Thursday, July 14, 2011

Pushkin - 1992? - 2011

Project Jessie first encountered Pushkin in the spring of 1995. He was unnamed, abandoned, and sitting in a small cage at a shelter. There were 8 carriers in the van and a vet willing to spay or neuter 6 cats that week.  6 young, highly adoptable cats were chosen for surgery and then occupants were selected for the last two carriers. There were 3 cats that were already “fixed”. One female we had a foster home for and two lovely boys to choose from. The mature big tabby grabbed my hand as I stopped to say “Hi” to him.  He started to purr and I knew who I was going to foster!
Pushkin was named not after the author, as some suspect but after another nearly perfect cat. My great aunt had recently lost her Pushkin and while he was a long haired white cat he had the same cheerful disposition. Pushkin purred in the carrier the whole 2 first hours we spent together.

Once at the vets Pushkin had a quick once over – everything seemed fine though his bladder was very full. We went home and Pushkin walked into the living room like had been with us for years. Dogs, cats, nothing phased him. Within a couple of days it became obvious that while Pushkin was urinating he was not completely emptying his bladder so he went back to the clinic. He came home again and then blocked more completely. Back to the clinic he went. He got through that episode but in the process endeared himself to the clinic staff so absolutely they begged to adopt him. Project Jessie agreed on the condition (as we always stipulate) that if for any reason he didn’t work out at the clinic he came back to us.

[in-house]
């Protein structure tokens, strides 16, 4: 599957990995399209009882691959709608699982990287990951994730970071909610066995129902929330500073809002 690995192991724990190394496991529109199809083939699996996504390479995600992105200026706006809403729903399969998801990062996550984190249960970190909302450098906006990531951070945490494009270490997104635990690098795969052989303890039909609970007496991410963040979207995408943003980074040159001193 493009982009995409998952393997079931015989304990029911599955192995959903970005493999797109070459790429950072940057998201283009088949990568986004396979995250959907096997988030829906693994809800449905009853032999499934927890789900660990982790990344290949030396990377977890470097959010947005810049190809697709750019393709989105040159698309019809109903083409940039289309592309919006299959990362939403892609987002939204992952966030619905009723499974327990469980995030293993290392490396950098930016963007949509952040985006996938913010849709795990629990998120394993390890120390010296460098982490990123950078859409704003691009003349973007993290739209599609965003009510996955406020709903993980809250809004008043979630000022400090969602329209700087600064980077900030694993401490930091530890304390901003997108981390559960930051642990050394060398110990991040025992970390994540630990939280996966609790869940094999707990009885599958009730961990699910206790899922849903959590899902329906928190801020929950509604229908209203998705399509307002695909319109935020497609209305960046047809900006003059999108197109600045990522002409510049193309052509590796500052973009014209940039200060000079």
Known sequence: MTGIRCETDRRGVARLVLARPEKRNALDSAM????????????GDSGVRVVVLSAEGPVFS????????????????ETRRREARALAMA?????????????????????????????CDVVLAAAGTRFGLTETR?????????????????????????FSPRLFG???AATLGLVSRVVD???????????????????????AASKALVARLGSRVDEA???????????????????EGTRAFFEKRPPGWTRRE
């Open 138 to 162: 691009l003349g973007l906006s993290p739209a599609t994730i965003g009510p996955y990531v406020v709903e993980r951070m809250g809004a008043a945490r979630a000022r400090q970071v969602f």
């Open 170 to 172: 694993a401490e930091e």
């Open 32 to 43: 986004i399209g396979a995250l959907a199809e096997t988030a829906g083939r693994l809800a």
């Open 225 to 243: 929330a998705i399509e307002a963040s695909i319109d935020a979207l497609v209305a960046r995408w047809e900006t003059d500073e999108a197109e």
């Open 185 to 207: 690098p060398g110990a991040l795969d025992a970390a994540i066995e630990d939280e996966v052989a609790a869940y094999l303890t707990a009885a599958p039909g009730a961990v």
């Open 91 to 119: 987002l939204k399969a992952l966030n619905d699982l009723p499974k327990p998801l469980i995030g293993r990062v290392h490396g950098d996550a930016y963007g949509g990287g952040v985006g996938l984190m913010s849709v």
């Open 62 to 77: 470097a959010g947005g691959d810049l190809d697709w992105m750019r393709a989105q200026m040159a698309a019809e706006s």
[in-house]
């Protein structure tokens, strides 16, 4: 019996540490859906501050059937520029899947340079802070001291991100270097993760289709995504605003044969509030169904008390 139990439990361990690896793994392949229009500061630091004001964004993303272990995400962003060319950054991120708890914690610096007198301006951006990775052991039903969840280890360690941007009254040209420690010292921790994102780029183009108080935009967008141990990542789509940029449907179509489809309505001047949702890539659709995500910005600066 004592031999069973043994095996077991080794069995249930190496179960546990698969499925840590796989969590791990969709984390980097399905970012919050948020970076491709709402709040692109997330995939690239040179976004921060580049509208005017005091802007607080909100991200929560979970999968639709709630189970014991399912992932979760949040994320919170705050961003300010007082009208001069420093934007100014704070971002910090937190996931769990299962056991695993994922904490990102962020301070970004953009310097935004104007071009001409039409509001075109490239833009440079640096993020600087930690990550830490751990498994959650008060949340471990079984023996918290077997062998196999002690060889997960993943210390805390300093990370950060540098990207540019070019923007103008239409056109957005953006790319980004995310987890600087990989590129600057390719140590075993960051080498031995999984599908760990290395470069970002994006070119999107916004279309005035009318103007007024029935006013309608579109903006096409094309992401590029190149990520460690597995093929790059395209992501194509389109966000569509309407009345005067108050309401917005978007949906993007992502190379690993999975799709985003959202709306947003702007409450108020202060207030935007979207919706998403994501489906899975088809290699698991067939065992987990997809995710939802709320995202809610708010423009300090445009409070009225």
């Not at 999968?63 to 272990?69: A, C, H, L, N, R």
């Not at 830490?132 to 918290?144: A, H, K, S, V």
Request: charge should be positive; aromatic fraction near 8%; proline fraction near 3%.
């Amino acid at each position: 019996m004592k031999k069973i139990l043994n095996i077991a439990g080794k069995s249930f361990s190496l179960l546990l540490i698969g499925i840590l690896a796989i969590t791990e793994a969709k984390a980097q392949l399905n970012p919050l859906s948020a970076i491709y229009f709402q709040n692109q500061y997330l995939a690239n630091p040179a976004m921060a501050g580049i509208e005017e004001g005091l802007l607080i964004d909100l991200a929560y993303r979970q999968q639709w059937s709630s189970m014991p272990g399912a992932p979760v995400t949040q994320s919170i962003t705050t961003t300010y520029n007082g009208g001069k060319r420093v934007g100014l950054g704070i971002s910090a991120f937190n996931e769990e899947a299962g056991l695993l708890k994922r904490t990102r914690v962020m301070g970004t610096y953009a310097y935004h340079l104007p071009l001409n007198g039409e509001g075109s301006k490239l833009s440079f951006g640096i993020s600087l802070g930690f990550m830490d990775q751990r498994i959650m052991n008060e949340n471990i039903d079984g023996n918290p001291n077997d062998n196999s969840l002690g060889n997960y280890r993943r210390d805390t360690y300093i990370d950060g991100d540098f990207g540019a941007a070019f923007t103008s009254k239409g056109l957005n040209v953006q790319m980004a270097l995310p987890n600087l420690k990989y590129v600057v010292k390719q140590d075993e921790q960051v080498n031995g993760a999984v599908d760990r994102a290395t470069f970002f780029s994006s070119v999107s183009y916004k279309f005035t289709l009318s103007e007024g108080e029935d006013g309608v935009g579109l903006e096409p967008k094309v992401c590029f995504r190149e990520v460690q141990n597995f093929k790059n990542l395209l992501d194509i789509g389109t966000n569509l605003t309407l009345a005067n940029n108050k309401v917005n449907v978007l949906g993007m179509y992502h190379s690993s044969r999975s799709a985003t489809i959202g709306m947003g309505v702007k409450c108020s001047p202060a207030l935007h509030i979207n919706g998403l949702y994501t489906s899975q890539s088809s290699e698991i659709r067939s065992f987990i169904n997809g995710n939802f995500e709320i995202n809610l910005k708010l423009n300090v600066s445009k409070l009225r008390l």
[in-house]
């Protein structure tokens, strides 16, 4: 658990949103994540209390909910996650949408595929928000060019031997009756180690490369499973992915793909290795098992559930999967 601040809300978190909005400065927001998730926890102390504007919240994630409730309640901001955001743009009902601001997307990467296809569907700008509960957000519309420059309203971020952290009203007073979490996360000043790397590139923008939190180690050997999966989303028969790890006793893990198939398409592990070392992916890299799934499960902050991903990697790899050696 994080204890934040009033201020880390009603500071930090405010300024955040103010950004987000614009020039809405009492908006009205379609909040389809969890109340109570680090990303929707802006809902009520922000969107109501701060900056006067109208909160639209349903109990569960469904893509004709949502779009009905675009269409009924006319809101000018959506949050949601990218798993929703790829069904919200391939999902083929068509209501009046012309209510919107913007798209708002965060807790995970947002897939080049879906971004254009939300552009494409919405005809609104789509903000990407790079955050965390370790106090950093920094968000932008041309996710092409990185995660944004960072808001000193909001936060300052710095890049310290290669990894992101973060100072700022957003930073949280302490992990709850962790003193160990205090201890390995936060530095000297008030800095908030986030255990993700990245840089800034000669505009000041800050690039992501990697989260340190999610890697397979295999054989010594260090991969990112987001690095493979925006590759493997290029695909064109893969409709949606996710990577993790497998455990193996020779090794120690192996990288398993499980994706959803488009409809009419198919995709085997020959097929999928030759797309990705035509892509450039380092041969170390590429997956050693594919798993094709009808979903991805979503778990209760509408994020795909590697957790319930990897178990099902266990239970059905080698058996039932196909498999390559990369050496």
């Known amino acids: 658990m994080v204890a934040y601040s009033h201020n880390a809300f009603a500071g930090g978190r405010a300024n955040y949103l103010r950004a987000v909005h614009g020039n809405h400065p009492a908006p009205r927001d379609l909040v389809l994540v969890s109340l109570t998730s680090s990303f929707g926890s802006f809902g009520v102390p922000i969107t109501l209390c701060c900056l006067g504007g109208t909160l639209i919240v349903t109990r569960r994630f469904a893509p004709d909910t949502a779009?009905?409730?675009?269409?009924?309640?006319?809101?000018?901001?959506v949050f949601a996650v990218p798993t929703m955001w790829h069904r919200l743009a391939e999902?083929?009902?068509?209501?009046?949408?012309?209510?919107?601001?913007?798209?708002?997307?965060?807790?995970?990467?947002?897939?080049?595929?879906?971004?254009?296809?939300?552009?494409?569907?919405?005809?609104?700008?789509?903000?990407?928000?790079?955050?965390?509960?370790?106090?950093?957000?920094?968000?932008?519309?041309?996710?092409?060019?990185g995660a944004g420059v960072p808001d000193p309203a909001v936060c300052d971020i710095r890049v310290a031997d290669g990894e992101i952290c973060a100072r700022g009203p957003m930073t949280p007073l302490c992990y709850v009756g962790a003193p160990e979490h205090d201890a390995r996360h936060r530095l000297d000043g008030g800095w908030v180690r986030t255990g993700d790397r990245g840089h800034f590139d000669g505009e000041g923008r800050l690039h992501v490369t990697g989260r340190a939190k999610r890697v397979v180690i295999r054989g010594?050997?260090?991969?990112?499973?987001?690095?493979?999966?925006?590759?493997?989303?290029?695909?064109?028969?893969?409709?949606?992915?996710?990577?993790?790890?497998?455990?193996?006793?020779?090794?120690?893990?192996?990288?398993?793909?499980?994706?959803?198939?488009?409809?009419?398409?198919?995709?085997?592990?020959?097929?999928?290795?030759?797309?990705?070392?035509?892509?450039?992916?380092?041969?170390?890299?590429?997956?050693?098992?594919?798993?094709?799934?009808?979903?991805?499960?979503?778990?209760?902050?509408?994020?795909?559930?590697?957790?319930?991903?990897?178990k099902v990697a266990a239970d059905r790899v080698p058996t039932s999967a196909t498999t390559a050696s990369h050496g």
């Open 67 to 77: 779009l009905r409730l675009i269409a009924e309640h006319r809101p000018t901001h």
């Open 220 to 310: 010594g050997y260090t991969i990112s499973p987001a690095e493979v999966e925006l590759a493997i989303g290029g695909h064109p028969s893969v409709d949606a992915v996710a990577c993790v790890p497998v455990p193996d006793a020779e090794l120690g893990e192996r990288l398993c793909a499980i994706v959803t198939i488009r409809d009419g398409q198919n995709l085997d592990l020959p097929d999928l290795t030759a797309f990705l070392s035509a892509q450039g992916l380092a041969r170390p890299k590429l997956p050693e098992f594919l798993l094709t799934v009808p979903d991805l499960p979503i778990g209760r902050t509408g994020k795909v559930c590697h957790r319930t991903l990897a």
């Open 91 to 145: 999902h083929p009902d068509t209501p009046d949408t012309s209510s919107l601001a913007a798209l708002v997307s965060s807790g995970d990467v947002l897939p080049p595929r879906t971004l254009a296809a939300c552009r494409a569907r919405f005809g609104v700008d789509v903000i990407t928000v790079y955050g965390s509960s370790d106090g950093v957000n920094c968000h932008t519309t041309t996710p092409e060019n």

Many cats might not be ideal clinic cats; many clinics might not provide perfect homes for cats but Pushkin and the Danforth Vet Clinic were made for each other. He moved location with them and stayed through a change in clinic ownership, purring through it all. He was always available for a chat if someone (client or staff) needed some consoling after a difficult diagnosis or appointment. He occasionally donated blood so other cats could live longer healthier lives. He inspected deliveries to make sure they were up to par and investigated all new staff carefully. Pushkin approval was an important part of becoming “in” at the clinic. He stole dog beds and went through a phase of opening food bags (not a popular phase – one that was managed very quickly). He comforted tiny orphan kittens and good naturedly played dress up for photo opportunities.

Pushkin aged well despite a couple of setbacks, injuries and a daily routine of medication but in the fall of 2010 he was diagnosed with bladder cancer. He was a tough man and was determined to enjoy each day to the fullest. Like all good warriors he had good, bad and great days but he purred his way through most of them. His purrs slowly decreased this month and today the very sad decision was made to let Pushkin go join the others who await us at the Rainbow Bridge. I was lucky enough to have a long visit with him today and be so very grateful for being able to love this dear friend the last sixteen years.  Thank you Project Jessie and DVC for giving Pushkin such a special life.

Saturday, July 9, 2011

Friday, July 1, 2011

Quiz ...

Will she stay or will she go? If she stays there will be trouble ...

thanks for another great photo J.Au - you rock!
meet our newest foster monster - actually she's darling and oh SO good :)
Puppies are great fun to foster but TONS of work ... and always so tempting to fail at fostering ...